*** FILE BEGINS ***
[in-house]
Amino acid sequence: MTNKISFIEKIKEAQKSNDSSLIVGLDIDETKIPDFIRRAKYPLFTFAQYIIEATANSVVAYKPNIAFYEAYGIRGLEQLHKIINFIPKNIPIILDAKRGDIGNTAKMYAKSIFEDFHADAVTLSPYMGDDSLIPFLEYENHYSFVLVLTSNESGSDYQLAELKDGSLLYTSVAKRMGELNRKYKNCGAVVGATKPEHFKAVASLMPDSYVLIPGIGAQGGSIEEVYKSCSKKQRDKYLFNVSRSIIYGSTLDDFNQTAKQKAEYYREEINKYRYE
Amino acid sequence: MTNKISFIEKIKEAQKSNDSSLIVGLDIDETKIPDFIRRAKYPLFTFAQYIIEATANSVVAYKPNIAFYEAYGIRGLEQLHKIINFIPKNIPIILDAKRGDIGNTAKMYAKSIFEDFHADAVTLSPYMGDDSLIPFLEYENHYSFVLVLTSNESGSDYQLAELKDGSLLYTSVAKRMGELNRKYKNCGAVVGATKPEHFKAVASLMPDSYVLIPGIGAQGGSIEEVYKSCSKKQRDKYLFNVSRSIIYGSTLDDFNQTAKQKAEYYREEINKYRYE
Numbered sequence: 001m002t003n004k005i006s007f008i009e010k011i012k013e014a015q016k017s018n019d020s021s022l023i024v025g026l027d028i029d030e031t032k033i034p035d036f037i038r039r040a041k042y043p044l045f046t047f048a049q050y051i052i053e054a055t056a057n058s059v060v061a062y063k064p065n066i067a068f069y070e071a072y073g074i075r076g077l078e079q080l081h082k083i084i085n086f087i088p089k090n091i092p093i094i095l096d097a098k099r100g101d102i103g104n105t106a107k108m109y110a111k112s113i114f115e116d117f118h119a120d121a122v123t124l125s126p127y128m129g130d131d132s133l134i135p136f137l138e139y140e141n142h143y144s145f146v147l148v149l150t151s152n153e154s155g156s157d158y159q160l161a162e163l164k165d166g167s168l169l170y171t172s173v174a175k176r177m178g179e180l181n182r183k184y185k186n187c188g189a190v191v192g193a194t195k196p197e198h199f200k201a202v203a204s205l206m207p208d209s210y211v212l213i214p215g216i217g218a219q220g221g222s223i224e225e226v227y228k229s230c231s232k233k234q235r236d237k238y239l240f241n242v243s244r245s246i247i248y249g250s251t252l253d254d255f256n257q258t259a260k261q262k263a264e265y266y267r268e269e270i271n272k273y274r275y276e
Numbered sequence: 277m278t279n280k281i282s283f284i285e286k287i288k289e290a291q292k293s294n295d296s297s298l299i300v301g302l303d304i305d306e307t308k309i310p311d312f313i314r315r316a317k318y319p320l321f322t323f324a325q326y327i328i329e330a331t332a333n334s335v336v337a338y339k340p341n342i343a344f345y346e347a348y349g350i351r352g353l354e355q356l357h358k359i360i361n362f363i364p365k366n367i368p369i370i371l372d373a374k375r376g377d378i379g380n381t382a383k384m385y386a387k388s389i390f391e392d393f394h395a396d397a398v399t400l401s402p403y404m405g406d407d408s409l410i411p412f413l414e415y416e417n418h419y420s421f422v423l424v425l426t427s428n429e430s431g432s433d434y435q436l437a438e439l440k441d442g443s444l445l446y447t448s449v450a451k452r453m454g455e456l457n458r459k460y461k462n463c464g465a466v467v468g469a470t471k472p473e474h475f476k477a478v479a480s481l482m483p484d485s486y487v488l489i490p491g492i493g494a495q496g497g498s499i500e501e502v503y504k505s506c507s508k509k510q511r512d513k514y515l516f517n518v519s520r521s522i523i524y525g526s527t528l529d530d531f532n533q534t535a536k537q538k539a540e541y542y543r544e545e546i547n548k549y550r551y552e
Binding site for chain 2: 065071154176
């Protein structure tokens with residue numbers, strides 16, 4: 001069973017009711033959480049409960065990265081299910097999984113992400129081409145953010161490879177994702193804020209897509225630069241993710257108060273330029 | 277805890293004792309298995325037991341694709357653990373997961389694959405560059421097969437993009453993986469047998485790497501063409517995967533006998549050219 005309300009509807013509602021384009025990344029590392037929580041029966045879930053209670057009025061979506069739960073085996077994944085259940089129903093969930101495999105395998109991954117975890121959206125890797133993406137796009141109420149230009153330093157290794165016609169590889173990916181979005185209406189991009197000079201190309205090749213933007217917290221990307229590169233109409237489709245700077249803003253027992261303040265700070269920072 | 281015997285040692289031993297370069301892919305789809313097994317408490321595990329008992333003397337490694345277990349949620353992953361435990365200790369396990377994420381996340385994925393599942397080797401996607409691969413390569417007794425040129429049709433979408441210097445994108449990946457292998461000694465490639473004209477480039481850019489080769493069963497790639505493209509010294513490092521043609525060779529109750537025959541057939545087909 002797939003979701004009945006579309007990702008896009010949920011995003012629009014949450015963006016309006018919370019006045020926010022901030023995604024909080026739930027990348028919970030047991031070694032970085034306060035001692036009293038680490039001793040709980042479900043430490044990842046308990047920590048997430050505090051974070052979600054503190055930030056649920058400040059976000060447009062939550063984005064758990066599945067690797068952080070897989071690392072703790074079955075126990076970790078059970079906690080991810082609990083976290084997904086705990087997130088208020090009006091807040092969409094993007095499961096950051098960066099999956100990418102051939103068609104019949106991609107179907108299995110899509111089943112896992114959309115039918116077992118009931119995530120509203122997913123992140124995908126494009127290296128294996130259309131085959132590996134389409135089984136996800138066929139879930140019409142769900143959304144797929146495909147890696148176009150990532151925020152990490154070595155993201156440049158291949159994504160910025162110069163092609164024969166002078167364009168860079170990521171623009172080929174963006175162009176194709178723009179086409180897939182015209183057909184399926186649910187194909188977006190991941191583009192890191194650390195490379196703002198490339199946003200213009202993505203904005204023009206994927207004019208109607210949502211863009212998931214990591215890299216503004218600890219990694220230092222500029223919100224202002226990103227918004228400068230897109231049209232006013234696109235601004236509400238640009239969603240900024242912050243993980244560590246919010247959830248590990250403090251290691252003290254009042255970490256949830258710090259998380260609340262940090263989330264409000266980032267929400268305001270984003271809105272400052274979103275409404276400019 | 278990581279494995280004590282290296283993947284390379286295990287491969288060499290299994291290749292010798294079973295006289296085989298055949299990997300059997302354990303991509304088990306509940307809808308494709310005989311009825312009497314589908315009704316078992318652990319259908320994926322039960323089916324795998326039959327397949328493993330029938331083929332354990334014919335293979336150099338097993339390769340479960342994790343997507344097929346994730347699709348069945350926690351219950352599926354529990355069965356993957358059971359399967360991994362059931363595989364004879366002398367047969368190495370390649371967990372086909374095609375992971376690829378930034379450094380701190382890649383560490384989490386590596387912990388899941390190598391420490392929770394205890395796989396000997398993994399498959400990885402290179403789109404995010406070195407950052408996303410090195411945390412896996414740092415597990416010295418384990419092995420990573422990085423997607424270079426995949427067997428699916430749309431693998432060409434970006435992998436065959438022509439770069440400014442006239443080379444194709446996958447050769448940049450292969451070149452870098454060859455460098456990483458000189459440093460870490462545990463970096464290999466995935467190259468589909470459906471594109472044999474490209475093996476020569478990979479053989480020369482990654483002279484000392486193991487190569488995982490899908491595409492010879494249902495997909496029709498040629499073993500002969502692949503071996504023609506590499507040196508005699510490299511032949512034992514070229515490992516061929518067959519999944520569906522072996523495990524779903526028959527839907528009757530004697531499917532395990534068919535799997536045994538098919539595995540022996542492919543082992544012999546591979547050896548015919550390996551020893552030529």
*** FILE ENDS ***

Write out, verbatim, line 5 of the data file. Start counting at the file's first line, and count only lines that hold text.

Numbered sequence: 277m278t279n280k281i282s283f284i285e286k287i288k289e290a291q292k293s294n295d296s297s298l299i300v301g302l303d304i305d306e307t308k309i310p311d312f313i314r315r316a317k318y319p320l321f322t323f324a325q326y327i328i329e330a331t332a333n334s335v336v337a338y339k340p341n342i343a344f345y346e347a348y349g350i351r352g353l354e355q356l357h358k359i360i361n362f363i364p365k366n367i368p369i370i371l372d373a374k375r376g377d378i379g380n381t382a383k384m385y386a387k388s389i390f391e392d393f394h395a396d397a398v399t400l401s402p403y404m405g406d407d408s409l410i411p412f413l414e415y416e417n418h419y420s421f422v423l424v425l426t427s428n429e430s431g432s433d434y435q436l437a438e439l440k441d442g443s444l445l446y447t448s449v450a451k452r453m454g455e456l457n458r459k460y461k462n463c464g465a466v467v468g469a470t471k472p473e474h475f476k477a478v479a480s481l482m483p484d485s486y487v488l489i490p491g492i493g494a495q496g497g498s499i500e501e502v503y504k505s506c507s508k509k510q511r512d513k514y515l516f517n518v519s520r521s522i523i524y525g526s527t528l529d530d531f532n533q534t535a536k537q538k539a540e541y542y543r544e545e546i547n548k549y550r551y552e